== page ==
Variations embedded in meta-omics are always difficult to recognize when the hit number of a feature is slightly different from one group of samples to another but evidently fluctuated among samples of the same group. Since that, to evaluate the differentially abundant features detection ability of current comparative meta-omics methods, we simulated two groups of count data from twin gut samples [2], of which 1,649,149 hits for 1000 COG features was annotated through BLAST against COG database, to reserve the complexity of true data. Then we take a previous evaluation study for reference [63], samples are first amplified with fold change q=1.25 and resampled into two equal sized groups of samples through randomly sampling without replacement. After that, 10% of COGs from the second group were chosen by chance and downsampled according to binomial distribution. Herein, we denoted \(x_{ij}^{\prime }\) as hits of the j-th feature from the i-th sample and it followed binomial distribution B(x ij ,p), where x ij was hit number after resampling and p=1/q to control the alteration between two groups. Therefore, we obtained two groups of samples with hits of 1,800,000 and 1,744,981 in total, respectively. The dataset generated from resampling is demonstrated in Additional file 14: Table S13.

Since t-test (employed by Fantom, STAMP, Metastats, XCMS and MetaComp in two-group sample test), paired t-test (employed by XCMS and MetaComp in two-group sample test for correlated samples), non-parametric t-test (employed by STAMP in two-group sample test), Wilcoxon Mann-Whitney U test (employed by XCMS and MetaComp in two-group sample test for independent samples) and Wilcoxon signed-rank test (employed by XCMS and MetaComp in two-group sample test for correlated samples) were mainly employed hypothesis testing methods, we took these methods for camparison. The result is listed in Table 9, and the detailed significance detection are presented in Additional file 15: Table S14. Under the threshold of FDR <0.05, it is obvious that MetaComp automatically adopted Wilcoxon signed-rank test performed the best over other methods with the highest sensitivity (100.0%) and a decent specificity (99.9%). Here, sensitivity (SN) and specificity (SP) were calculated with true positive (TP), true negative (TN), false positive (FP) and false negative (FN) as:

$$ SN = \frac{TP}{TP+FN},\quad SP = \frac{TN}{TN+FP}. $$
Table 9 Comparison of two-group sample test methods (FDR <0.05)

We further plotted the Receiver operating characteristic (ROC) curve (shown in Fig. 7) to demonstrate the performance of all five hypothesis testing methods as well. This analysis indicated that area under ROC curve (AUC) was almost 1.0 and confirmed automatical selection (other than recommended by XCMS) of MetaComp was the most appropriate one.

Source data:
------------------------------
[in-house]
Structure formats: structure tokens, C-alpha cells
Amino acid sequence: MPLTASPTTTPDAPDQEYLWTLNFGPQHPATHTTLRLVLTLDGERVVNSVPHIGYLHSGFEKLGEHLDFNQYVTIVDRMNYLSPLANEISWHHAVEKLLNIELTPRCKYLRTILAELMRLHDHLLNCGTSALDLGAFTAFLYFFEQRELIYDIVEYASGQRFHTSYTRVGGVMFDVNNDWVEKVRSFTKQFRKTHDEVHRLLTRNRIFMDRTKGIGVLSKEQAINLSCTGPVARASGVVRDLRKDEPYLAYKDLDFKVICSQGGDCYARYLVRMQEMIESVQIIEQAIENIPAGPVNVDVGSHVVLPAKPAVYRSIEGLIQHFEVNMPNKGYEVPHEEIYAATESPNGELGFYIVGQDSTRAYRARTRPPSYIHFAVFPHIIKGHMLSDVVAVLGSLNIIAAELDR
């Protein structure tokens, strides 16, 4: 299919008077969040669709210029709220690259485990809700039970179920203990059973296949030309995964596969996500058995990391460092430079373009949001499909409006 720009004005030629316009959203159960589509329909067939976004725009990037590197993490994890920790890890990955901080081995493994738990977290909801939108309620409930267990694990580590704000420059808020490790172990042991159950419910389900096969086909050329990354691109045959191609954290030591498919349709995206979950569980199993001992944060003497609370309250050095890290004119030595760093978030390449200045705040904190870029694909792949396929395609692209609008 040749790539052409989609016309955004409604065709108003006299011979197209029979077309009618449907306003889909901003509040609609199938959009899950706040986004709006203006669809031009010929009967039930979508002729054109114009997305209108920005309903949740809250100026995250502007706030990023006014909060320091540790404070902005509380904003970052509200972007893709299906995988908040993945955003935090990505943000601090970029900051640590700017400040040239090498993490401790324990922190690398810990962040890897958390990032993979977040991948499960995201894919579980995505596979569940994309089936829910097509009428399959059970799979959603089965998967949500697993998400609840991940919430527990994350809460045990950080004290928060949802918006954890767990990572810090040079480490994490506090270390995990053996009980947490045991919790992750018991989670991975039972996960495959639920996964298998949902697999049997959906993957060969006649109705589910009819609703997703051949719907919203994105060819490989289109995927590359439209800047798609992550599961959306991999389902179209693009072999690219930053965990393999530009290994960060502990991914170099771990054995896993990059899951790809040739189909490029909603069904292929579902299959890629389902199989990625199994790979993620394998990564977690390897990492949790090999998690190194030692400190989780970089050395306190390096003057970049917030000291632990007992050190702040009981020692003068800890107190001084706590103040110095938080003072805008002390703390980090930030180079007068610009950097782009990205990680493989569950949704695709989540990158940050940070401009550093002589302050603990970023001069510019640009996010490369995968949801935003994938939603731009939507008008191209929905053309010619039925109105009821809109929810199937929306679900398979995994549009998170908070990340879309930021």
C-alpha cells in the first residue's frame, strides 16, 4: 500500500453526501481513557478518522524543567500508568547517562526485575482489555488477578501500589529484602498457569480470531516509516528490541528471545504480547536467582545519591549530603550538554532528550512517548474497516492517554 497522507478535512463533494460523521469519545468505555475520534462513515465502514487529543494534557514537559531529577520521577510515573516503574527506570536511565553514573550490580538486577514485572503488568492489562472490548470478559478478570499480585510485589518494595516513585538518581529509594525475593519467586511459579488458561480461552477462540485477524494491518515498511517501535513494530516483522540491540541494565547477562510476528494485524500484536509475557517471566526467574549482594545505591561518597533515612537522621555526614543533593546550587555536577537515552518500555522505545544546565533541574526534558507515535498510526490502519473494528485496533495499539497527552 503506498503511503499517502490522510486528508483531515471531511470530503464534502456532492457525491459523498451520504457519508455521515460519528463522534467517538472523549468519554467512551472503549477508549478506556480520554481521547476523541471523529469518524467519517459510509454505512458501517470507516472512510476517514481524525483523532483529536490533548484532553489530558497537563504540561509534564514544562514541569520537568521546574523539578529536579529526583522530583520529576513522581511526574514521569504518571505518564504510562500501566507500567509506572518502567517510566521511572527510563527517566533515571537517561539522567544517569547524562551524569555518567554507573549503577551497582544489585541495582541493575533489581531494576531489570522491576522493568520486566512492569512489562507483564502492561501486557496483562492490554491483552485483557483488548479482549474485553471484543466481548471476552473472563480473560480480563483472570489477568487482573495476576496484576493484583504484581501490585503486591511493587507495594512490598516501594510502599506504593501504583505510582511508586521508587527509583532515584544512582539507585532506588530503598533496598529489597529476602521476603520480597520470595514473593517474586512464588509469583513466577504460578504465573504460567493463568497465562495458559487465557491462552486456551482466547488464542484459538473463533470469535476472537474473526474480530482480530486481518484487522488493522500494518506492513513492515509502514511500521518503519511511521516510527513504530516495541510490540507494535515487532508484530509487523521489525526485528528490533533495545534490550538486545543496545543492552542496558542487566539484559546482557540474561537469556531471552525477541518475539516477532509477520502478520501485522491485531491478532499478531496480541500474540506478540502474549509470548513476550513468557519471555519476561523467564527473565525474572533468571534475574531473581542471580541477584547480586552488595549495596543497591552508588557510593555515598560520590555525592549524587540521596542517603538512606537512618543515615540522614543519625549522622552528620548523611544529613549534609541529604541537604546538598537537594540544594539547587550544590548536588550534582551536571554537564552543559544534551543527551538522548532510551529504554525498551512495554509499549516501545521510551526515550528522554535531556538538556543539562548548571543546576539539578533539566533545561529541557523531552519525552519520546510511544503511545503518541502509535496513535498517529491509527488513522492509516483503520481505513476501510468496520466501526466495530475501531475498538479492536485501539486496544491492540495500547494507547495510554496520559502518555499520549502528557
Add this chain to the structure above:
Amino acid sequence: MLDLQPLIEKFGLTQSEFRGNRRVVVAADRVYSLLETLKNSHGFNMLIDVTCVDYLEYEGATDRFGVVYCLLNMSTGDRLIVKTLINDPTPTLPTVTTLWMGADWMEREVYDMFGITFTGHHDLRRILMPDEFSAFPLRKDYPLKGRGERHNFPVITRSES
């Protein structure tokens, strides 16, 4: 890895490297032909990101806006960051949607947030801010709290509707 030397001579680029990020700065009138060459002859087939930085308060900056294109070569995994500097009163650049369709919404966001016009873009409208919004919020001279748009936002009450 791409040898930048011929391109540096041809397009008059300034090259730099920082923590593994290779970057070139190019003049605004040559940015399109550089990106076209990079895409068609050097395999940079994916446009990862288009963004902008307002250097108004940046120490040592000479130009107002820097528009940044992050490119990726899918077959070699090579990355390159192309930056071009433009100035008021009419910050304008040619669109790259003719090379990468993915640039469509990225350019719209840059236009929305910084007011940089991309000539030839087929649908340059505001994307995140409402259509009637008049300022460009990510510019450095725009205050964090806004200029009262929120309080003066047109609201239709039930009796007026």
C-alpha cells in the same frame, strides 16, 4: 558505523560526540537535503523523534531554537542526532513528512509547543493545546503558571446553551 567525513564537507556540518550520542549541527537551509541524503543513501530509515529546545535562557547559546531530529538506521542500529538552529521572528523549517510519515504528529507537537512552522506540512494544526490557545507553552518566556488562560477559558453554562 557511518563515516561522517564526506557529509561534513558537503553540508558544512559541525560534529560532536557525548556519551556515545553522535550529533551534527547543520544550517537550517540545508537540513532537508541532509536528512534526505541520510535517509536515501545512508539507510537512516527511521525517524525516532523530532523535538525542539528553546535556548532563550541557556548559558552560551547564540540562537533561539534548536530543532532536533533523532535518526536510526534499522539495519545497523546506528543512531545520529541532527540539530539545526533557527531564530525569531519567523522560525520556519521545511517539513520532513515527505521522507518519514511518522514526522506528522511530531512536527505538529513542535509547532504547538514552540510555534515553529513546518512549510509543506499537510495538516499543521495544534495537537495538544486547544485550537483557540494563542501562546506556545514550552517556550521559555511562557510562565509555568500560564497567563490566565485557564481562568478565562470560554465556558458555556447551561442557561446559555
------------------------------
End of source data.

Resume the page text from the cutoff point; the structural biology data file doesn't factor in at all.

Fig. 7
figure 7

ROC curve for all five methods. ROC performance of five methods in significant feature detection


Compared with the previously developed tools, MetaComp takes advantages in three fields.

  • Our software is universally applied in all types of meta-omics data including metagenomics, metatranscriptomics, metaproteomics and meta-bolomics data.

  • It can be utilized in revealing the relationship between environmental factors and meta-omic samples directly through a nonlinear regression analysis.

  • MetaComp is capable of automatically selecting the proper statistical method in two-group sample test thus improving experience for users that are not expertises of statistics.

MetaComp, as comprehensive analysis software for comparative meta-omics, takes advantages in incorporation of all types of meta-omics data, nonlinear regression analysis on environmental factors and automatical selection of suitable tests in two-group sample situation. These improvements meet the major demands in big data era of all types of meta-omics data. Moreover, according to our evaluation, MetaComp outperforms other methods by the automatically selected hypothesis testing method in detection of differentially abundant features. In brief, MetaComp is an integrative comparative meta-oimcs software designed for uncovering biological significant differences and providing visualization of these results for biologists. Moreover, it will throw light upon future comparative meta-omics studies on the complicated relationship between microbes and their living environments.

Availability and requirements

Project name: MetaComp.Project home page: Homepage: page: Operating system(s): Linux and Windows 7, 8 and 10.Programming language: C# & ROther requirements: R 3.1.3 or higher.Any restrictions to use by non-academics: none.



Acid mine drainage


Ammonia monooxygenase A


Abundance profile matrix


Adenosine triphosphate


Area under ROC curve


Dissolved inorganic phosphate


Dissolved oxygen


False discovery rate


Fumarate and nitrate reductase


False negative


False positive


Irritable bowel syndrome


Liquid chromatography


Mass spectrometry


Non-alcoholic fatty liver disease


Oxygen content


Odds ratio


Operational taxonomic units


Principal component analysis


Receiver operating characteristic curve


Reads per kilobases million